- Diego Maradona’s death remains a colossal loss to the world’s football community
- Portuguese tactician Jose Mourinho has expressed grief over the legend’s passage
- Mourinho stated that the former Napoli maestro was his good friend
Tottenham manager Jose Mourinho has paid an emotional tribute to late Argentina football legend Diego Maradona who passed away on November 25 at the age of 60.
Maradona who had been battling a series of ailments linked with addiction died following a reported cardiovascular arrest at his home in Argentina.
The world was stunned when news filtered in over the passage of the former Napoli and Boca Juniors’ captain and Mourinho has stated that the late legend cannot be replaced.
He said, as cited in SunSport:
“There is Maradona and there is Diego.
“Maradona I don’t need to speak about because the world knows and nobody will forget. Diego is different.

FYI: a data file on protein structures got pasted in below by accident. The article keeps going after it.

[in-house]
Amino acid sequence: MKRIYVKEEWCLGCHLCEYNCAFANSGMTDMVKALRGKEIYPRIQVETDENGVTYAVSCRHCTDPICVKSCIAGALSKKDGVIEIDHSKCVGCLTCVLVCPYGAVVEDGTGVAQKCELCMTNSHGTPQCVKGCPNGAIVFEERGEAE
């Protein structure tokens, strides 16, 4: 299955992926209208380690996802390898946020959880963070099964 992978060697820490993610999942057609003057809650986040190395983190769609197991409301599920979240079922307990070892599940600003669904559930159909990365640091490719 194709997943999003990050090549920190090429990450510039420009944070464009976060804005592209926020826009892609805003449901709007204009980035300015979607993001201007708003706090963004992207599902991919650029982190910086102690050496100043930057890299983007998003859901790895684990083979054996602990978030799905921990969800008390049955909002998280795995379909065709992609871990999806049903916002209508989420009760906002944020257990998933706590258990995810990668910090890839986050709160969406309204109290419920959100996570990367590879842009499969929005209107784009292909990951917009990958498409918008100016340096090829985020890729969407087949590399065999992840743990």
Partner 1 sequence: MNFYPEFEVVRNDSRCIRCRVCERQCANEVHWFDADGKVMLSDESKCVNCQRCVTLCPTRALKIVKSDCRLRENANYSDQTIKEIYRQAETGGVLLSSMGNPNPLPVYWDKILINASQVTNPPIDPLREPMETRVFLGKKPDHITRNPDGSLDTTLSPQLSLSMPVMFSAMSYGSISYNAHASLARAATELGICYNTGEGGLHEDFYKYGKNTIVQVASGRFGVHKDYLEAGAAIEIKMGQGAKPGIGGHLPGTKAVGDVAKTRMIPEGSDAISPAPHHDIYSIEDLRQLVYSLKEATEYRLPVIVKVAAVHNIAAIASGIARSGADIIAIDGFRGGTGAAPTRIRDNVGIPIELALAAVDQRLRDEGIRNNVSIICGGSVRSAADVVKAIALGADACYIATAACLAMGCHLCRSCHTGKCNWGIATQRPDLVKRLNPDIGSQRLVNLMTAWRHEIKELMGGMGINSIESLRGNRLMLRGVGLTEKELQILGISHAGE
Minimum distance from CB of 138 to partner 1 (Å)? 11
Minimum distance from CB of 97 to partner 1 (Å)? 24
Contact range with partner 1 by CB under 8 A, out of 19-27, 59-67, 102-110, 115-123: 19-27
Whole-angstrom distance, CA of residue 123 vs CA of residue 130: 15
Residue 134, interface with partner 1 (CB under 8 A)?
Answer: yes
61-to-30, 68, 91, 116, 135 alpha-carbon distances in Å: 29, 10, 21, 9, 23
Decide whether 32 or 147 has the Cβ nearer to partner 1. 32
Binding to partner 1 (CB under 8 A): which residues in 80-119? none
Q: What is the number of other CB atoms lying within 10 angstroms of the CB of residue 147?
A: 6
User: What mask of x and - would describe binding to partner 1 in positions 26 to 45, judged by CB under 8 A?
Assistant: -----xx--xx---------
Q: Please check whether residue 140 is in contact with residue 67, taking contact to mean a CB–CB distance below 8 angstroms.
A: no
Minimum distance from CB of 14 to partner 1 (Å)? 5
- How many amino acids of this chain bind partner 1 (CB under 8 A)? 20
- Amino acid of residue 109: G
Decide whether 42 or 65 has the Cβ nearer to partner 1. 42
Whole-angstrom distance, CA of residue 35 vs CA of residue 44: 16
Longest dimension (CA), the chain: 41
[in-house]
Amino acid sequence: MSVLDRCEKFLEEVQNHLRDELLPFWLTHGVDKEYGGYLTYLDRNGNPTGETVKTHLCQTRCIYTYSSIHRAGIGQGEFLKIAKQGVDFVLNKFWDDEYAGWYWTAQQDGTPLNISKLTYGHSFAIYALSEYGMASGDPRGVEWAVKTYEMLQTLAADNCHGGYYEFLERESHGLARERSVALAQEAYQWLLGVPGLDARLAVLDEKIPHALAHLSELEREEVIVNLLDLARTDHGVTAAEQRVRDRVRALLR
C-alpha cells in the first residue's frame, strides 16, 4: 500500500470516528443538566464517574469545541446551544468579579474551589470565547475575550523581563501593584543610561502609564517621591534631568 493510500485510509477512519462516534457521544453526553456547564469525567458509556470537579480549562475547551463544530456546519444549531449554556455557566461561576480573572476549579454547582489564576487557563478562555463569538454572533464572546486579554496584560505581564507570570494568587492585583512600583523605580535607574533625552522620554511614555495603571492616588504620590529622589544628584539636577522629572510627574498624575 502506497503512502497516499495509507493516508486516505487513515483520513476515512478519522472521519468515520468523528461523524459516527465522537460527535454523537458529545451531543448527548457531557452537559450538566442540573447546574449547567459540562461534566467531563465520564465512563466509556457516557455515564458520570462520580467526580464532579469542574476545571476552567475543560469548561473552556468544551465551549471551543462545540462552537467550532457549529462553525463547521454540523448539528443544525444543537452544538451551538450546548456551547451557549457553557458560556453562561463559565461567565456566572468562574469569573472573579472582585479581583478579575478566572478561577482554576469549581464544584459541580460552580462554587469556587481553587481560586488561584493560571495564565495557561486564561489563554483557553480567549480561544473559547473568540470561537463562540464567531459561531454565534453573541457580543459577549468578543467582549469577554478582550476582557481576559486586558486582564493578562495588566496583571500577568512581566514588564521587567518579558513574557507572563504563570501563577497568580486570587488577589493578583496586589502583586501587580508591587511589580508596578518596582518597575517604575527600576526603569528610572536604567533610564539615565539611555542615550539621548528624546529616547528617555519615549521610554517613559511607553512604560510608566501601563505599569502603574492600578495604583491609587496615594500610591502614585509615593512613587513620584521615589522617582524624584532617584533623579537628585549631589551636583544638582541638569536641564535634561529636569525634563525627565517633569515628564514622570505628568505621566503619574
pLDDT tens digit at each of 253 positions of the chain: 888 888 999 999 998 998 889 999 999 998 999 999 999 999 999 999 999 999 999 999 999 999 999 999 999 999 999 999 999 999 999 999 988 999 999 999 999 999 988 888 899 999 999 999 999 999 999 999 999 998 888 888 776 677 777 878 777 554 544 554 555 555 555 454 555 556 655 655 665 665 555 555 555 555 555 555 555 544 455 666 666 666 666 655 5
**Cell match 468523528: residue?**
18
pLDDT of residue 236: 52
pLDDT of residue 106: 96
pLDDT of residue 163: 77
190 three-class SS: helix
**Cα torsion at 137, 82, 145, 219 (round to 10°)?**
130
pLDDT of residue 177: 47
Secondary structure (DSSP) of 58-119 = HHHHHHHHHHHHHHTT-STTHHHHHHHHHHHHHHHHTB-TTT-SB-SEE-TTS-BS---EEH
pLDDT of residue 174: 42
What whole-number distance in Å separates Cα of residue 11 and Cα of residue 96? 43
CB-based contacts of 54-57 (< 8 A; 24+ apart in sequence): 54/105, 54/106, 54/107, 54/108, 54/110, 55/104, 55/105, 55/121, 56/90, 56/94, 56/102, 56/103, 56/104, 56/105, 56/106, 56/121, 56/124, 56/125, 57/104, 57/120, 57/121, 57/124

“I can say he was a good friend of mine, but my contacts with him were on telephone and we met of course a few times, and he was a big, big, big heart. That’s the guy I miss.
“His football you can find every time we miss him, with Google we will find. But Diego, no.
“I spent today telling stories to my guys about him and the time we spent together, and that’s the guy I miss.
“I especially miss the phone call that was always arriving after defeats and never after victories."
Diego Maradona last made his last international appearance for Argentina during their second group game against Nigeria at the 1994 FIFA World Cup in the United States won by the South Americans 2-1.
After the game, the legend was picked up for a random doping test and days later he was found guilty of having an enhancer in his system.
Maradona was consequently banned from the competition, a situation which crippled his footballing career.
Meanwhile, Legit.ng earlier reported that English club Sheffield United came close to signing legendary footballer Diego Maradona but they pulled off due to the £40,000 extra price tag on him.
The Blades board refused to splash extra cash on the Argentine god of soccer despite having their manager Harry Haslam travel to the South American country on a scouting mission in 1978.
Haslam was said to have made an offer of about £200,000 on the spot to bring Maradona to Yorkshire but the club refused to back their manager's plan.
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